Some techniques for wetting down include neck bandanas (particularly those with water-absorbing crystals), wetting down a regular cotton t-shirt, or even pouring water directly into your helmet.

Keeping Hydrated
Now that we know how much water the body needs while riding in high temperatures, we can deduce that staying hydrated is one of the most important things to do while on the road. As covered in the above graphic, the difference between covering up or not is about 20 oz./hour and 40 oz./hour, respectively. Here are some tips to help ensure hydration.

Wear a Camelback: For longer rides, I wear a camelback-type water bag on my back. I usually fill mine with half ice and half water before the ride, and those cooling sips do add up to make the difference. If you‘re doing it right, you‘ll run out of water in the camelback before your next gas stop.

Carry Extra Water: I carry a gallon jug of water in my side case on longer days of riding. Be wary of taking in ice-cold water too fast. In my case, it causes an upset stomach. Swish it about your mouth to bring its temperature up a bit before swallowing.

Urine Test: Go for the clear. Dehydration is not something you can tough out – it will kill you if you don’t remedy it. Deep-colored urine and headaches are early signs that you are in need of water. If you stop sweating, heat stroke is not far behind. Drink water often!

Only Water is Water: Caffeine and alcohol are diuretics, which cause you to urinate and lose more water. When it’s hot, steer clear of sugary drinks, caffeine, and alcohol. Also, never drink alcohol directly before or during your ride.

Riding in really hot weather is not bad when you’re prepared for it. Remember to hydrate, keep your skin covered, and avoid hazards. Don’t let the heat weaken you to the point where you’re not fully attentive to traffic conditions and the road. Basically, you must consider how your body will deal with the heat. Reducing the effects of convection, through covering up and wetting down, will reduce the amount of heat that your body must deal with through evaporation. Covering up in the heat will keep you cool.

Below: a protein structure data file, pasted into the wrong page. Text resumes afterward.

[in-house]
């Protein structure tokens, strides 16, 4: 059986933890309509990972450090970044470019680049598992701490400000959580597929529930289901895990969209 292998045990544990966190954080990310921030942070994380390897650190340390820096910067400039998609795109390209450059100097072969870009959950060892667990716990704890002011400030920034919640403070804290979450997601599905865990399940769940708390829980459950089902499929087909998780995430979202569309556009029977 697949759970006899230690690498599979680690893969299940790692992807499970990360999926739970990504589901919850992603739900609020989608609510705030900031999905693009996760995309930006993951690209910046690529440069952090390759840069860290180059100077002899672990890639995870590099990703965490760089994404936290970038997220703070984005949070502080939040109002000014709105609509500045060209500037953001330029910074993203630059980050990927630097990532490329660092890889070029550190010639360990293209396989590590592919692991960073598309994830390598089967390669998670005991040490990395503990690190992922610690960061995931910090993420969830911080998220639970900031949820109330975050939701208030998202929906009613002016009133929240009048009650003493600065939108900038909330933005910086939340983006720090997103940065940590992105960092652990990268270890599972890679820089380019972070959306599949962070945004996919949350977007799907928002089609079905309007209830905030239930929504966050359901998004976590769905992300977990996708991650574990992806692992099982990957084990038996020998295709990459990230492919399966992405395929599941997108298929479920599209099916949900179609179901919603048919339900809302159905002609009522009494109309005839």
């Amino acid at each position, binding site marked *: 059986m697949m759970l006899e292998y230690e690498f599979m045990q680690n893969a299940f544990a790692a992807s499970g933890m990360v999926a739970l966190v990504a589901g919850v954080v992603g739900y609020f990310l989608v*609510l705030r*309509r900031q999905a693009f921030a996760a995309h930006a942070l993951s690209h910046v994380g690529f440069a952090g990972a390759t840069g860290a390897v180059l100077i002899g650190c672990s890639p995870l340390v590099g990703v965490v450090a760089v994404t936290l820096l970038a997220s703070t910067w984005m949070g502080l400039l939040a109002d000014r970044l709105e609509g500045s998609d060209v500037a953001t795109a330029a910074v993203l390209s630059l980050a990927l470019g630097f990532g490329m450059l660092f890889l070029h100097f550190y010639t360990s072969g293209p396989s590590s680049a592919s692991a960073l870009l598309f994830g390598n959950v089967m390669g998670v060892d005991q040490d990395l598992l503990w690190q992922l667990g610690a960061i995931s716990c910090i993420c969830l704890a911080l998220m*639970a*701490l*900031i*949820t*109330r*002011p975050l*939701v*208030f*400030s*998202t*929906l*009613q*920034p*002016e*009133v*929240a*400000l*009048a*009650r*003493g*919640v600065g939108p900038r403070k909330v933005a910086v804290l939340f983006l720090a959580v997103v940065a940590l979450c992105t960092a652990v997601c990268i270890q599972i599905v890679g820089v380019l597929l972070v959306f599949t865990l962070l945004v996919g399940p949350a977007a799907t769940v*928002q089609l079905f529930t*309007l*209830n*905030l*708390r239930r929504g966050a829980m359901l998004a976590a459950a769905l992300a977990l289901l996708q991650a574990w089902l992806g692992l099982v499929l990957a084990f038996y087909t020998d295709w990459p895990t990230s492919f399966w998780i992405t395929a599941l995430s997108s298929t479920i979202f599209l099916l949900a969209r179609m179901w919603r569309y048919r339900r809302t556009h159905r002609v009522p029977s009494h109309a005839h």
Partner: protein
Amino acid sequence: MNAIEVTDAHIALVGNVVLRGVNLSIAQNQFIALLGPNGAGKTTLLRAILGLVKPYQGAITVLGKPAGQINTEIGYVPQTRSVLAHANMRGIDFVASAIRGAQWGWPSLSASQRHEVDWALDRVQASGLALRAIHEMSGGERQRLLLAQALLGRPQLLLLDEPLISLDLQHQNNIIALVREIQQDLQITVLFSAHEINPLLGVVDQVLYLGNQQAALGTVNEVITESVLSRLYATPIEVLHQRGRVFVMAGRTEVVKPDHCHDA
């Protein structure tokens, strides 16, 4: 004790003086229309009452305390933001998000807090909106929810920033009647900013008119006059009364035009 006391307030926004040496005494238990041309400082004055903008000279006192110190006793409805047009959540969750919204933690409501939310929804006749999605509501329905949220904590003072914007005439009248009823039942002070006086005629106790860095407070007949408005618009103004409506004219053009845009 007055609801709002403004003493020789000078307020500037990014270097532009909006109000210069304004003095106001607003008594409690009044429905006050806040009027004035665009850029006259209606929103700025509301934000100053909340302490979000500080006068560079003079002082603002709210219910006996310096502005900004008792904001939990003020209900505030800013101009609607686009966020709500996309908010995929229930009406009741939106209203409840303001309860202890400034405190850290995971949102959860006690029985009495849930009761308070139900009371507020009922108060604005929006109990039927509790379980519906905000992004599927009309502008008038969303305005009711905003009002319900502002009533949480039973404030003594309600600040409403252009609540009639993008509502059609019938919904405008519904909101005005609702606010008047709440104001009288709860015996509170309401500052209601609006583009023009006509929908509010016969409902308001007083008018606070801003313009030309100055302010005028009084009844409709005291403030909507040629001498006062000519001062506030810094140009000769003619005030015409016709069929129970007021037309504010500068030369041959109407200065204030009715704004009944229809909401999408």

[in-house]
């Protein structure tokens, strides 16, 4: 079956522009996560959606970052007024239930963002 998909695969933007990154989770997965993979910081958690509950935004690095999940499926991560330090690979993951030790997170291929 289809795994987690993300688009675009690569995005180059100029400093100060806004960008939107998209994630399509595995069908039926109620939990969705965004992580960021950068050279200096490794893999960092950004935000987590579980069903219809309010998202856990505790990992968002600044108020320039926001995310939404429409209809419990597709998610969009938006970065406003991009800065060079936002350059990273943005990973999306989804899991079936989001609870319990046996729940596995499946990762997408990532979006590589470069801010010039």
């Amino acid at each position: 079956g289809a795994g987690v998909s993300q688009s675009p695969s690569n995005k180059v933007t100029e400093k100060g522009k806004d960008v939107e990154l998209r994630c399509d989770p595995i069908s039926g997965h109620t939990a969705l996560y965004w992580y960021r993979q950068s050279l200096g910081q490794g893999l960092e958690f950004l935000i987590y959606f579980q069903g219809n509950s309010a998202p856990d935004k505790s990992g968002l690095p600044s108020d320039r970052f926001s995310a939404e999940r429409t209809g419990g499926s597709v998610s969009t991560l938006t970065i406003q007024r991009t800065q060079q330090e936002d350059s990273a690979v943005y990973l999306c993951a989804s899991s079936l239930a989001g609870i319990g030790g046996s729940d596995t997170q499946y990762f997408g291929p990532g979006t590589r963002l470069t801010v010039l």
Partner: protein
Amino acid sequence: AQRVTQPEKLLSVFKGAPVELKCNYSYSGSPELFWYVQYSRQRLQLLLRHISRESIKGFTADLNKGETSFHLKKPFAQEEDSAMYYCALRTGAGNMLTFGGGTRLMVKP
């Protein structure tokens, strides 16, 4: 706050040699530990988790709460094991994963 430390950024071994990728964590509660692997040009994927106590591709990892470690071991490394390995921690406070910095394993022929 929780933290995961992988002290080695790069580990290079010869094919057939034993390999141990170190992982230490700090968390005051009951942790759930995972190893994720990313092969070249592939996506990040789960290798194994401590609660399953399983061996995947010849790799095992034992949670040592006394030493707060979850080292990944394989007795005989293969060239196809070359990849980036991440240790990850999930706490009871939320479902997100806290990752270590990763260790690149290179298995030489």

Hot weather usually means lots of sun exposure, so get some good sunglasses or a darkened visor to prevent headaches caused by sun glare. And don’t forget to put sunblock on the back of your neck where your riding gear leaves the skin exposed.

Ride safe. Ride aware.

Source: www.fix.com/blog/motorcycle
 
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Mar 30, 2010
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Last ANZAC day.. When Mike and I were riding out in Kanchanaburi.
It was so hot and so dry....

I had no sweat on me.. It evaporated as I was riding... First time to experience that. (Off Road Riding)
Could feel myself crisping up nicely..

Usually when road riding.. because of the jackets you are sweating like a pig and jacket soaking when stopping.

Having the Kanchanaburi experience.. I can see the merit in the long sleeves when more adventure / off road touring riding. Where you have a decent pace and covering distances.

Though I would not wear long sleaves when bush whacking on technical stuff at the back of Pattaya.
As you simply over heat with all the stop start and hard work.. Usually end up peeling off my jersey to get air flow.

Cheers
Brian
 
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Apr 27, 2010
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Very informative, in depth writeup!

I would like to add one thing though.
Its probably not news to many of you but..... When sweating a lot the body will also lose various kinds of salt and other minerals (I believe the common name for these minerals are electrolytes). Carrying a bunch of bags of ORS (oral rehydration salts) is an easy and cheap way to be covered if (or when) you begin to run low of electrolytes.. It helped me a lot of times.
 
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DavidFL

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Its been stinking hot again for a couple of weeks, 40 plus on the road & I've finally weakened.
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Time to try & cool down a bit whilst riding.

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1341 baht on Aliexpress & sadly a size to small. 4XL, but can't get an 5XL, no matter where I try, so far.
Plus a 2.5 litre hydration pack that goes in my handlebar pouch.
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Morningrider

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There are a few with 5XL available, like this one: Aliexpress

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Herobiker Size.jpg